CENTRAL ADMINISTRATIVE TRIBUNAL,
BOMBAY BENCH, MUMBAI.
ORIGINAL APPLICATION NO.: 42/2012
DATED THIS ______, THE ____ DAY OF ________, 2013.
CORAM: HON'BLE SMT. LEENA MEHENDALE, MEMBER (A)
HON'BLE SMT. CHAMELI MAJUMDAR, MEMBER (J)
Mahadev Ganapati Walwekar,
R/at Post Sawarde (Budruk),
Tal: Kagal, Dist.Kolhapur,
Pin 416219. ... Applicant
(By Advocate Shri K.R. Yelwe)
1. Union of India through
The Chief Post Master General,
Maharashtra Circle, G.P.O.,
2. The Senior Superintendent
of Post Offices, Department
of Posts, Kolhapur Division,
Kolhapur – 416 003.
3. The Post Master,
Department of Posts,
Kolhapur – 416 003. ... Respondents
(By Advocate Shri S.G. Pillai)
O R D E R
Per: Smt. Leena Mehendale, Member (A)
This OA is filed under Section 19 of Administrative Tribunal Act, 1985 on 30.11.2010 claiming that the applicant should be declared eligible for pension and should start getting his pension w.e.f. the due date. For this purpose, he is challenging the impugned order dated 05.11.2007 and the order dated 21.11.2007 (Annexure A-1).
2. The brief facts are that the Applicant was engaged with the Department of Posts as EDA w.e.f. 01.01.1969 and subsequently started working as EDBPM from 20/05/1985. It is to be noted that both the jobs have a contractual status and they do not qualify as a normal Government job. Subsequently, the Applicant was regularized in Group D w.e.f. 01/09/1997 and retired on 30/05/2007 on attaining the age of superannuation. He is governed by CCS (Pension) Rules of 1972 on account of his service in Group D with the Postal Department. His effective service in Group D comes to be of 9 years and 9 months. Under the Rules, anyone is eligible for pension on completion of 10 years. In addition, there is also a provision of relaxation upto 3 months if someone is falling short of service to that extent. Thus, apparently, the Applicant is just at the threshold where he would be eligible for minimum pension in view of the relaxation available under Rules.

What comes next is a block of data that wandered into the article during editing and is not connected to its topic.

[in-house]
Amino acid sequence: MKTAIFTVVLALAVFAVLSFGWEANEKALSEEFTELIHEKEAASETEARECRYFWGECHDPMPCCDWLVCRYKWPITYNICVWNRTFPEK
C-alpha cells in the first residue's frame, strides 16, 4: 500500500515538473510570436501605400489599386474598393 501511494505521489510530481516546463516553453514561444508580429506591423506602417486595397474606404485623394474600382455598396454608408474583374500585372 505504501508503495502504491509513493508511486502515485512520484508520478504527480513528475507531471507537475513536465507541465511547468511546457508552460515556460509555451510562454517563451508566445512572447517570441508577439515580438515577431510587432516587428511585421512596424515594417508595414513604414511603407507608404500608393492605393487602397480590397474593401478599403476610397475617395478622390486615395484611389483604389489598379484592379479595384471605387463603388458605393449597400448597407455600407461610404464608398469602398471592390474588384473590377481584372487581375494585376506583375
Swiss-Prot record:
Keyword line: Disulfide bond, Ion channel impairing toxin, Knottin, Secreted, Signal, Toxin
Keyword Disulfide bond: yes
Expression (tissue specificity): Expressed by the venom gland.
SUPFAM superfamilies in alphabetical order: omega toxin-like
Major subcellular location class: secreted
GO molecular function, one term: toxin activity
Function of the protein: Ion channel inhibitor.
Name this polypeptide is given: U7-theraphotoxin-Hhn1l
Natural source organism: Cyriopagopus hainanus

3. The CCS (Pension) Rules No.49 states that qualifying service of more than 9 years and 9 months is to be rounded off to the 10 years for the purpose of grant of pension. This is further clarified in DTE No.4-1/2005-Pen dated 11.11.2005.
4. Even though the Applicant has completed exactly 9 years and 9 months of service, the impugned order dated 05.11.2007 states that a period of 14 days has been treated as dies-non in the service of the Applicant because he took part in the Postal strike. The impugned order quotes DOP&T's OM No. 40-10/1(5)90, Estt. Branch dated 01.05.1991 (Annexure A-1) in this regard. The said order also mentions an earlier communication that has taken place between the Applicant and the Respondents. It appears that there was a request from the Applicant to convert the 14 days strike period, which was termed as dies-non, into leave due but the same was not granted by the Respondents in view of the DOP&T's OM dated 01.05.1991.
5. We heard both the learned counsels in details and have also gone through all the records and documents produced before us. The learned counsel for the respondents has produced some citations where a service rendered beyond 9 years and few months was the matter under consideration. OA No.61/2010 was dismissed by Ernakulam Bench of this Tribunal where the service rendered was 9 years 5 months and 17 days and also in OA No.769/2010 a direction was given to the respondents to consider the claim when the service rendered was 9 years and 4 months. Similarly, in OA No.910/2009 the OA was dismissed when the service rendered was 9 years and 5 months. We find those citations as irrelevant, in view of the specific Rule 49[2(b)] which allows a service of 9 years and 9 months to be rounded of to 10 years.